The best advice Melissa Bell has for young reporters: Follow your curiosity lines.
During the Vox.com co-founder’s recent visit to the University of Florida’s College of Journalism and Communications as part of the college’s Innovators Series, Bell spoke with students who have grown up online, as she did.
“I think because I felt like the Internet was approachable and it was a place I was already curious about, it was easy to learn more about it,” Bell said.
Bell’s curiosity led her from a style column for the Washington Post to blogger to the Post’s director of platforms to eventually co-founding Vox.com with Post colleague Ezra Klein and fellow journalist Matt Yglesias..
“I was really one of the first people to grow up online, and to me the Internet was always sort of a play place,” Bell said. “I was able to see it as a place for entertainment and learning and not necessarily as something I had to study and figure out, so it was just natural.”
Bell and Klein’s Vox.com has achieved both financial and journalistic success in its nine short months. Launched on April 6, Vox.com was mentioned in the New York Times’ innovation report — dated March 24.
In the report, Vox’s online reader traffic is compared to that of publications with years of history like USA Today, BuzzFeed, the Huffington Post and the Wall Street Journal. The report refers to Vox Media as “creating newsrooms custom-built for digital.”
Bell attributes some of Vox.com’s quick success to hiring a team of digital natives. At 35, Bell is the oldest person on staff.
She said sometimes she views the success as more of a challenge.
“When we get something wrong it hurts, but that’ll make us better faster,” she told a group of 12 journalism students at a roundtable discussion.
From Blogger to Co-founder and Executive Editor
Bell currently holds both editorial and technological titles at Vox Media. She is a senior project manager as well as Vox.com’s executive editor. The road to these innovative positions was paved with the bricks of traditional media.
“When they approached me to start a blog at the Post, I was really confused because that’s not a profession, that’s my spare time,” Bell said. “The blog was really just like my place to write jokes and entertain myself. I didn’t think of it as a profession.”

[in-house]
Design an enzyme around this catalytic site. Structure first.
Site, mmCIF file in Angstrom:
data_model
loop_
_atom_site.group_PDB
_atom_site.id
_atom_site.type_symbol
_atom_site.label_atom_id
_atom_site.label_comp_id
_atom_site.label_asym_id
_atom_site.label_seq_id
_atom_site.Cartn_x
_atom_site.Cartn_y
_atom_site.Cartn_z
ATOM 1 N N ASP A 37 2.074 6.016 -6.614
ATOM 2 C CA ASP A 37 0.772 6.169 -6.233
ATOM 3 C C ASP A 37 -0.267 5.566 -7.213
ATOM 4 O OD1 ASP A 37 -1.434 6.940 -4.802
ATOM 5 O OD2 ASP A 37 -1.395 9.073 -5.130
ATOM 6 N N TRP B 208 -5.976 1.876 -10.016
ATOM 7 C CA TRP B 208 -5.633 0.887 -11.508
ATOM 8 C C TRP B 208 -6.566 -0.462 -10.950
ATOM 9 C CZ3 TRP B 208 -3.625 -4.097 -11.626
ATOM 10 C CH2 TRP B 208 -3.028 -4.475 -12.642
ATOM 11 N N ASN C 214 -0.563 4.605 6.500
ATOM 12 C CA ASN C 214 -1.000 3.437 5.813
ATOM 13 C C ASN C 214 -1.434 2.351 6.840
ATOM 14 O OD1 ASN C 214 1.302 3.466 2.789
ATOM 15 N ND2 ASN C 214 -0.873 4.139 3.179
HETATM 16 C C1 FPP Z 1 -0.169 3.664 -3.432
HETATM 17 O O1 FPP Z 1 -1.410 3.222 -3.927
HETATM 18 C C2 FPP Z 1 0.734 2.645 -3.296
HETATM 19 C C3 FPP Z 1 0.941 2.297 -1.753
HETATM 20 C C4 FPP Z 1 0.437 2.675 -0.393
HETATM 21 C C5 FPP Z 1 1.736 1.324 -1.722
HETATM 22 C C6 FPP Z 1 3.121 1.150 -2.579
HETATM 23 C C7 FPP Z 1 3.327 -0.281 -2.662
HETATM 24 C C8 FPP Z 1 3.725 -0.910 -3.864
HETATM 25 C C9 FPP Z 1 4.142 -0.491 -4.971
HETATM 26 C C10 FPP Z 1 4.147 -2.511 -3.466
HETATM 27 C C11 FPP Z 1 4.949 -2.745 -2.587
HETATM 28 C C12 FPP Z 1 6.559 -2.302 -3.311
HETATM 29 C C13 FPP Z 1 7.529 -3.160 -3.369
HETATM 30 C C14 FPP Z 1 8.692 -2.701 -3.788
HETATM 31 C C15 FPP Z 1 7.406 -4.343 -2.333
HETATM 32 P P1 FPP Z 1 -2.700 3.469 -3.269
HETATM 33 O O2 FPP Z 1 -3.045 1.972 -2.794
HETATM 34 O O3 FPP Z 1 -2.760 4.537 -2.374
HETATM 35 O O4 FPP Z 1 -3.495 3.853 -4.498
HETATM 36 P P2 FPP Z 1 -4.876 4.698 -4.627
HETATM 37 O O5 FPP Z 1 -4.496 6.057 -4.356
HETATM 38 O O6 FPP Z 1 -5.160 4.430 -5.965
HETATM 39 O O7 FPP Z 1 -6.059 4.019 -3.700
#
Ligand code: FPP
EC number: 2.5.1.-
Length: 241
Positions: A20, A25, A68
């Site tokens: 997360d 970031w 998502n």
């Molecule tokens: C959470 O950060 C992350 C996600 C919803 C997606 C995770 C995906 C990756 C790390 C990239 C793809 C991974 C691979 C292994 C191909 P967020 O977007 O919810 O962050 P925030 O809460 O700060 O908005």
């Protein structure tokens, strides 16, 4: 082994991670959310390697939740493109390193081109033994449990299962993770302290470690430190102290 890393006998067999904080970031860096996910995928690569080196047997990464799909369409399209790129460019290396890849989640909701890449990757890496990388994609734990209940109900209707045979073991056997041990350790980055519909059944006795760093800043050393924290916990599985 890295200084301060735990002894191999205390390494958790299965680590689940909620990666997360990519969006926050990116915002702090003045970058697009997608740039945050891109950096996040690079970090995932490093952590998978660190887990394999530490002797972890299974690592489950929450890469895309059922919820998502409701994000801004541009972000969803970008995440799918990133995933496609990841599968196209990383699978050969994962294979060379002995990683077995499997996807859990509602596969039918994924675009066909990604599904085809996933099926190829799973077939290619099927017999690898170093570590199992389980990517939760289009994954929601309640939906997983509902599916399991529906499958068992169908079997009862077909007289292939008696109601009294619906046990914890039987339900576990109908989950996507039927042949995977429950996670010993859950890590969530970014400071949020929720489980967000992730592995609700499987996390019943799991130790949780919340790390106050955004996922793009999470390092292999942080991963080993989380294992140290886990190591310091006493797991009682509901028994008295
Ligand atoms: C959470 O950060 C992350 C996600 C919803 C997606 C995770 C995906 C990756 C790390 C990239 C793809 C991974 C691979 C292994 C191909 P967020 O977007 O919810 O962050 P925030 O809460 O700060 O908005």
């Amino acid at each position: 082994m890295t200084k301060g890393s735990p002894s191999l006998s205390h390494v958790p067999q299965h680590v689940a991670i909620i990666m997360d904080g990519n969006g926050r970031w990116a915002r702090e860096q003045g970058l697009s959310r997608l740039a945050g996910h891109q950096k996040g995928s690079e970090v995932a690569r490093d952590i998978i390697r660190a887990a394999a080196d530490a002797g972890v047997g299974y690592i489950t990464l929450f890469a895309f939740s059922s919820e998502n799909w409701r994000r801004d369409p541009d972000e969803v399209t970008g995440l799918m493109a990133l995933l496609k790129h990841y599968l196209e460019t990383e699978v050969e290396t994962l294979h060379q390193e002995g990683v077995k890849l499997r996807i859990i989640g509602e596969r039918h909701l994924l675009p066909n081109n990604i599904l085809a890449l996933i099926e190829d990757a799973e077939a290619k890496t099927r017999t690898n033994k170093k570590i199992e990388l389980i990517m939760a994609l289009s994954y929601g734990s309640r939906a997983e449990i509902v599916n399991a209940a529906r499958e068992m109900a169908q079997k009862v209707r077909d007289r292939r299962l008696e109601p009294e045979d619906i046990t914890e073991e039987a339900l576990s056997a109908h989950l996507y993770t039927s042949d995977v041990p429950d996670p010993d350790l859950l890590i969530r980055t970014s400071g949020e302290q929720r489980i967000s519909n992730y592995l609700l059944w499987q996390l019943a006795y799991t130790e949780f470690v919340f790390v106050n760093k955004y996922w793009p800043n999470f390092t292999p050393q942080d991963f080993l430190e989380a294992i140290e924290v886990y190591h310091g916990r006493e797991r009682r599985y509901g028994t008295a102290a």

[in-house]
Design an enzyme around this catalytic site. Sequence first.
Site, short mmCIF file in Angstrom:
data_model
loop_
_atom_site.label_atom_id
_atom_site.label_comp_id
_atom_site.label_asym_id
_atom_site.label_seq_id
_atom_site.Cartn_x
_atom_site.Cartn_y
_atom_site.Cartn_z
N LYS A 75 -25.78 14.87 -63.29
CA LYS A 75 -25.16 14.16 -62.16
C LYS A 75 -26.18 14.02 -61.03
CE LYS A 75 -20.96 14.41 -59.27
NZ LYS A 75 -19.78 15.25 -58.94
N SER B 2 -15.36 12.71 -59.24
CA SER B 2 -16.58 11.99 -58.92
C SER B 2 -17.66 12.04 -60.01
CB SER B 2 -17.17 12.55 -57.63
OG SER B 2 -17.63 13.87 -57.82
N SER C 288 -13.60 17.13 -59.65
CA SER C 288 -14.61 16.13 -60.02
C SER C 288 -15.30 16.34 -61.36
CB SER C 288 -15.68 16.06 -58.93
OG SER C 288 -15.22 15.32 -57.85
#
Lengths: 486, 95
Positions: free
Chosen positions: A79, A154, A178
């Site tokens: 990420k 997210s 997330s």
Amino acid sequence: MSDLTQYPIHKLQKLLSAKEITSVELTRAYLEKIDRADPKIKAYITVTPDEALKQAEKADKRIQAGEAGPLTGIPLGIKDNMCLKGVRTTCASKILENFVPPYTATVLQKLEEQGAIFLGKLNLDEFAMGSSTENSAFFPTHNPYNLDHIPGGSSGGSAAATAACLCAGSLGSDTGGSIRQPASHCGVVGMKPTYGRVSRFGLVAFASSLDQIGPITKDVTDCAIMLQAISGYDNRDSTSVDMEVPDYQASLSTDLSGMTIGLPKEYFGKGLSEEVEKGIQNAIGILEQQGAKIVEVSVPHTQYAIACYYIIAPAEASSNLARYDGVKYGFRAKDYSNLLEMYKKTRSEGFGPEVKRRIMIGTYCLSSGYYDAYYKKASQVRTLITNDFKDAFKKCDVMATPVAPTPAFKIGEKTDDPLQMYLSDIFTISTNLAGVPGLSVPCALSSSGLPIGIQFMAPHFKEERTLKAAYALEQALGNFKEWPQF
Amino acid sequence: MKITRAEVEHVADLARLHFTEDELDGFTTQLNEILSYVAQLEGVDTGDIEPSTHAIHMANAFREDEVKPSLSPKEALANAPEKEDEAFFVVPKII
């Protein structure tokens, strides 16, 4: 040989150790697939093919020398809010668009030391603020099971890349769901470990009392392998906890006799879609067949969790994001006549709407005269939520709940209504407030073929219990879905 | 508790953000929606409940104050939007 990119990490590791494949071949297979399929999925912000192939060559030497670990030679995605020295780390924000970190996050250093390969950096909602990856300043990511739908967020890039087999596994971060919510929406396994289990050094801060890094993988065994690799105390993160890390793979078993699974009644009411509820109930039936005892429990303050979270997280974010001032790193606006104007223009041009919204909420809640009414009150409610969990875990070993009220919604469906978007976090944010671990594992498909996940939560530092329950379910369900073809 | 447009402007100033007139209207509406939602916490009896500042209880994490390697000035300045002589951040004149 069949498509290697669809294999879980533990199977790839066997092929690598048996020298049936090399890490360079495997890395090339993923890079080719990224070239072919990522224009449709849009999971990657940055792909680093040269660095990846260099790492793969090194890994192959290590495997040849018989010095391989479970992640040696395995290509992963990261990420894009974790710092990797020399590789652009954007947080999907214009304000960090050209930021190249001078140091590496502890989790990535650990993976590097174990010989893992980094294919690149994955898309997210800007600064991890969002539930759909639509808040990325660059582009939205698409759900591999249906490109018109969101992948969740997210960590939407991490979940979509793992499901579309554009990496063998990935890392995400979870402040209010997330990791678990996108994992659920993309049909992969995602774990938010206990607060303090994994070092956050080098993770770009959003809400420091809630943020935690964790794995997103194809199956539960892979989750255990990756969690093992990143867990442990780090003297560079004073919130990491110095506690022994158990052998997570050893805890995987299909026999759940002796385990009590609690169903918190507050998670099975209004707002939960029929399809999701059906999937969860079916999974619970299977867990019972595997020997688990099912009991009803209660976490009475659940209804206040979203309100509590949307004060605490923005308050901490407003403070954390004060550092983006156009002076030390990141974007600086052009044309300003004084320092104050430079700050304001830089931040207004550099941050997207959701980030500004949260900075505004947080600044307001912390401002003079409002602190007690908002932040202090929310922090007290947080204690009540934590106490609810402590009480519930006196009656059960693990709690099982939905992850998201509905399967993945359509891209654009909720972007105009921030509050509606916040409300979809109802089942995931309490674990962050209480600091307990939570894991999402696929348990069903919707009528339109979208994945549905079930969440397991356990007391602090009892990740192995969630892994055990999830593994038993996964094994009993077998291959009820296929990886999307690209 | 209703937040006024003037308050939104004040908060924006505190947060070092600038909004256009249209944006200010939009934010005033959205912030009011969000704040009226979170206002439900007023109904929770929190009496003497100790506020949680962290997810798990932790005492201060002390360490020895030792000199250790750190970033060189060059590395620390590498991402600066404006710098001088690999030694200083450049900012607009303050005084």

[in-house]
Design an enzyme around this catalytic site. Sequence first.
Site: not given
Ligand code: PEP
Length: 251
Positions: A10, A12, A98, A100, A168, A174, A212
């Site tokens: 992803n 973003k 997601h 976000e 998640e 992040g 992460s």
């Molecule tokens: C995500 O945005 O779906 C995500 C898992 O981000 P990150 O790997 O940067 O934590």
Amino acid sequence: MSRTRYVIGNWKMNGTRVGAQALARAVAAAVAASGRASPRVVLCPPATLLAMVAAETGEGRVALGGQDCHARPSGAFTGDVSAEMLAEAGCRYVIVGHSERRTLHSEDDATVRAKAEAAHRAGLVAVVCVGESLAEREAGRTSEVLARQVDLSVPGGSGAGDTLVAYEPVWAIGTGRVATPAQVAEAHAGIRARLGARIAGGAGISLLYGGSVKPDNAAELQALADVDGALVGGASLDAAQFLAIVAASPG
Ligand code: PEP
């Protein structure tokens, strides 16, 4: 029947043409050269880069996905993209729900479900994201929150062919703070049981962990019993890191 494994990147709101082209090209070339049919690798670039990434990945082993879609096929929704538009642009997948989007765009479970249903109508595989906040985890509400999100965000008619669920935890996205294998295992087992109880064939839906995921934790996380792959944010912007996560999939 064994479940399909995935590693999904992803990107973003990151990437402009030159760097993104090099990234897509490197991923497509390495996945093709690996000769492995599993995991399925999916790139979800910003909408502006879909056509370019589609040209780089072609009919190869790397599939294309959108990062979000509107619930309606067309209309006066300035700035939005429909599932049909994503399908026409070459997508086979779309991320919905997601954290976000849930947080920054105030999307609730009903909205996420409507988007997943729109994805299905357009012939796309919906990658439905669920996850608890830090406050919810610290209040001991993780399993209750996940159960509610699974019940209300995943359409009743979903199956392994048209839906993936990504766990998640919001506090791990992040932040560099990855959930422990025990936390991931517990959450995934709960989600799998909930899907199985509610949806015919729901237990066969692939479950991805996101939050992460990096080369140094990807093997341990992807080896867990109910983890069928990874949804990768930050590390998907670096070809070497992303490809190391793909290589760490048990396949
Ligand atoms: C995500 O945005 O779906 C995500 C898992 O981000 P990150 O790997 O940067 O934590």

Bell said her blog, which was her first true endeavor in digital journalism, sprang from her editor’s interest in her own personal blog.
“You know, my boss asked me to start a blog because he followed my personal blog and my personal blog was nothing but just like me feeling sorry for myself after a bad breakup,” Bell said. “It had nothing to do with journalism whatsoever but because of that, you’re able to show the examples of what you do and I think that’s important.”
Learning to be Digitally Proficient
“The reason that I learned it was because I used it and that’s really at the basis of it,” Bell said of digital journalism. “I think it’s really important for us to use these different tools and to understand them.”
While working for the style section of the Post, Bell began meeting weekly with a few of her coworkers to discuss digital journalism. The first 30 minutes of the weekly meeting were allotted for gossip while the last 30 minutes were solely for discussing the evolving craft of journalism. From this “beta” group sprung Vox.com.
Bell said she believes sometimes journalists undervalue people’s curiosity and so when she and Klein founded Vox.com, they did so with one goal in mind: help their audience find order in the disorder.
“When I was learning to be a magazine writer, somebody said, ‘You should go to Barnes & Noble and just sit there and read all the magazines that they have on the stands,'” Bell said. “It’s the only way that you’re going to learn.”
She believes the same can apply to the digital journalism world, so she follows and encourages others to follow that same advice.
“Use every single news outlet online, think about what they’re doing, think about how they’re writing their stories and how they’re shaping their content,” Bell said. “That’s the best way to figure it out. It’s to be a consumer of the product.”
Advice for Future Digital Natives
Bell encourages journalism students to participate in the online conversation.
“Do whatever you like to do online, but do something,” she said.
When speaking to students, Bell gave the example of a writer Vox.com recently hired to cover health care. German Lopez, she said, was hired because of the voice he had established on Twitter. Even as a recent journalism school graduate, Lopez cultivated an audience for his expertise on Obamacare. When that topic died down, Lopez followed one of his curiosity lines to medical marijuana and established himself as knowledgeable on that next topic.
Bell said resumes are an outdated means to assess a journalist’s experience and impact. “I think there are a lot better ways to see what people are doing.”
Bell said she regrets that she never took computer science classes in college because she’s most excited about seeing the continued overlap between computer science and journalism.
“You don’t need to be a coder,” she said. “But it’s great if you have some understanding of what that actually looks like and feels like in the background.”
Erica A. Hernandez is a senior at the University of Florida studying Journalism. A bilingual Miami native, she currently works as a web producer at the university’s NPR affiliate, wuft.org, and as a sports reporter at the Independent Florida Alligator.